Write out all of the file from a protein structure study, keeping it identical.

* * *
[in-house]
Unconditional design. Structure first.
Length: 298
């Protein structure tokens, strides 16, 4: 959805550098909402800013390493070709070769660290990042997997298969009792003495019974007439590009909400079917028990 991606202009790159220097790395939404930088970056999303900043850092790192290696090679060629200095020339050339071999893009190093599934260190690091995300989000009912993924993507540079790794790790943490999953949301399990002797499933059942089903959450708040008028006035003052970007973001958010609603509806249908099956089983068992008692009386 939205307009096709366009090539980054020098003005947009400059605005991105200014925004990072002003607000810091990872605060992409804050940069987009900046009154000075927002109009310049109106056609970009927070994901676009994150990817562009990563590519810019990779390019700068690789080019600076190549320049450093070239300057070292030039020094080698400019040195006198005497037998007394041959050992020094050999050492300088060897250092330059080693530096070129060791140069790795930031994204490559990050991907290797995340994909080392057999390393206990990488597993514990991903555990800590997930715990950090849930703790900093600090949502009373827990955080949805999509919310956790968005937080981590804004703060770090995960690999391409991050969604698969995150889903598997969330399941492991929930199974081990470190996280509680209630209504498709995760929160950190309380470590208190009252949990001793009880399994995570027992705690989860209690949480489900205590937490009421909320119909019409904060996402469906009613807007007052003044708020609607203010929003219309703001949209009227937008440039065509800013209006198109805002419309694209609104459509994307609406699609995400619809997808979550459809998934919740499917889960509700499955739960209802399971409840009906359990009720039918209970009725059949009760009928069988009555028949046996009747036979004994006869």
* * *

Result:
[in-house]
Unconditional design. Structure first.
Length: 298
């Protein structure tokens, strides 16, 4: 959805550098909402800013390493070709070769660290990042997997298969009792003495019974007439590009909400079917028990 991606202009790159220097790395939404930088970056999303900043850092790192290696090679060629200095020339050339071999893009190093599934260190690091995300989000009912993924993507540079790794790790943490999953949301399990002797499933059942089903959450708040008028006035003052970007973001958010609603509806249908099956089983068992008692009386 939205307009096709366009090539980054020098003005947009400059605005991105200014925004990072002003607000810091990872605060992409804050940069987009900046009154000075927002109009310049109106056609970009927070994901676009994150990817562009990563590519810019990779390019700068690789080019600076190549320049450093070239300057070292030039020094080698400019040195006198005497037998007394041959050992020094050999050492300088060897250092330059080693530096070129060791140069790795930031994204490559990050991907290797995340994909080392057999390393206990990488597993514990991903555990800590997930715990950090849930703790900093600090949502009373827990955080949805999509919310956790968005937080981590804004703060770090995960690999391409991050969604698969995150889903598997969330399941492991929930199974081990470190996280509680209630209504498709995760929160950190309380470590208190009252949990001793009880399994995570027992705690989860209690949480489900205590937490009421909320119909019409904060996402469906009613807007007052003044708020609607203010929003219309703001949209009227937008440039065509800013209006198109805002419309694209609104459509994307609406699609995400619809997808979550459809998934919740499917889960509700499955739960209802399971409840009906359990009720039918209970009725059949009760009928069988009555028949046996009747036979004994006869």